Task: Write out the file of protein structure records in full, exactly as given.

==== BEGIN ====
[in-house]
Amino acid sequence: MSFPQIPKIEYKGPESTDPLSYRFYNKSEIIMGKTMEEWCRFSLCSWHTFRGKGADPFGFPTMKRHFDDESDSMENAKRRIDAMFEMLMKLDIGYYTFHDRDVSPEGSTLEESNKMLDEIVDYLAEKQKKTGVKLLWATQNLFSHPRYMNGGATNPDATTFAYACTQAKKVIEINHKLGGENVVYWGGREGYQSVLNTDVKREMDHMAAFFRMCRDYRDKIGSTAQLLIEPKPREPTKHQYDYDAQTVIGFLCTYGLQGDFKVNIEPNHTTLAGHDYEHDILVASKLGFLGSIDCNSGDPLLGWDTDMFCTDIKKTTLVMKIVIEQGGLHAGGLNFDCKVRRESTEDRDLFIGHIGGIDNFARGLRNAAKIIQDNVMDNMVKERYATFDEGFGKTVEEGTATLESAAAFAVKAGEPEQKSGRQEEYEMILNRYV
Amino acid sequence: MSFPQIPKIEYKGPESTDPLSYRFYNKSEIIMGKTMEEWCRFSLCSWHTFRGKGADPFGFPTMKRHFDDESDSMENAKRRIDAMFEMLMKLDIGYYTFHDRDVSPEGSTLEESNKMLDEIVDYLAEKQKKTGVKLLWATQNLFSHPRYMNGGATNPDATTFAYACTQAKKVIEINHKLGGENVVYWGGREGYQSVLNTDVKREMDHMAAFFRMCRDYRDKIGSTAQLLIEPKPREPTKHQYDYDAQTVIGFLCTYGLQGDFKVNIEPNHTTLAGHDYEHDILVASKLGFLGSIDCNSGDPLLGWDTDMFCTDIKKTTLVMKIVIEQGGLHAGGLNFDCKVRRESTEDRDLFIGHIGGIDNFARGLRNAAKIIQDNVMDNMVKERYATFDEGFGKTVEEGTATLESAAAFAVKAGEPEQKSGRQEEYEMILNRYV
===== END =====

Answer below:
[in-house]
Amino acid sequence: MSFPQIPKIEYKGPESTDPLSYRFYNKSEIIMGKTMEEWCRFSLCSWHTFRGKGADPFGFPTMKRHFDDESDSMENAKRRIDAMFEMLMKLDIGYYTFHDRDVSPEGSTLEESNKMLDEIVDYLAEKQKKTGVKLLWATQNLFSHPRYMNGGATNPDATTFAYACTQAKKVIEINHKLGGENVVYWGGREGYQSVLNTDVKREMDHMAAFFRMCRDYRDKIGSTAQLLIEPKPREPTKHQYDYDAQTVIGFLCTYGLQGDFKVNIEPNHTTLAGHDYEHDILVASKLGFLGSIDCNSGDPLLGWDTDMFCTDIKKTTLVMKIVIEQGGLHAGGLNFDCKVRRESTEDRDLFIGHIGGIDNFARGLRNAAKIIQDNVMDNMVKERYATFDEGFGKTVEEGTATLESAAAFAVKAGEPEQKSGRQEEYEMILNRYV
Amino acid sequence: MSFPQIPKIEYKGPESTDPLSYRFYNKSEIIMGKTMEEWCRFSLCSWHTFRGKGADPFGFPTMKRHFDDESDSMENAKRRIDAMFEMLMKLDIGYYTFHDRDVSPEGSTLEESNKMLDEIVDYLAEKQKKTGVKLLWATQNLFSHPRYMNGGATNPDATTFAYACTQAKKVIEINHKLGGENVVYWGGREGYQSVLNTDVKREMDHMAAFFRMCRDYRDKIGSTAQLLIEPKPREPTKHQYDYDAQTVIGFLCTYGLQGDFKVNIEPNHTTLAGHDYEHDILVASKLGFLGSIDCNSGDPLLGWDTDMFCTDIKKTTLVMKIVIEQGGLHAGGLNFDCKVRRESTEDRDLFIGHIGGIDNFARGLRNAAKIIQDNVMDNMVKERYATFDEGFGKTVEEGTATLESAAAFAVKAGEPEQKSGRQEEYEMILNRYV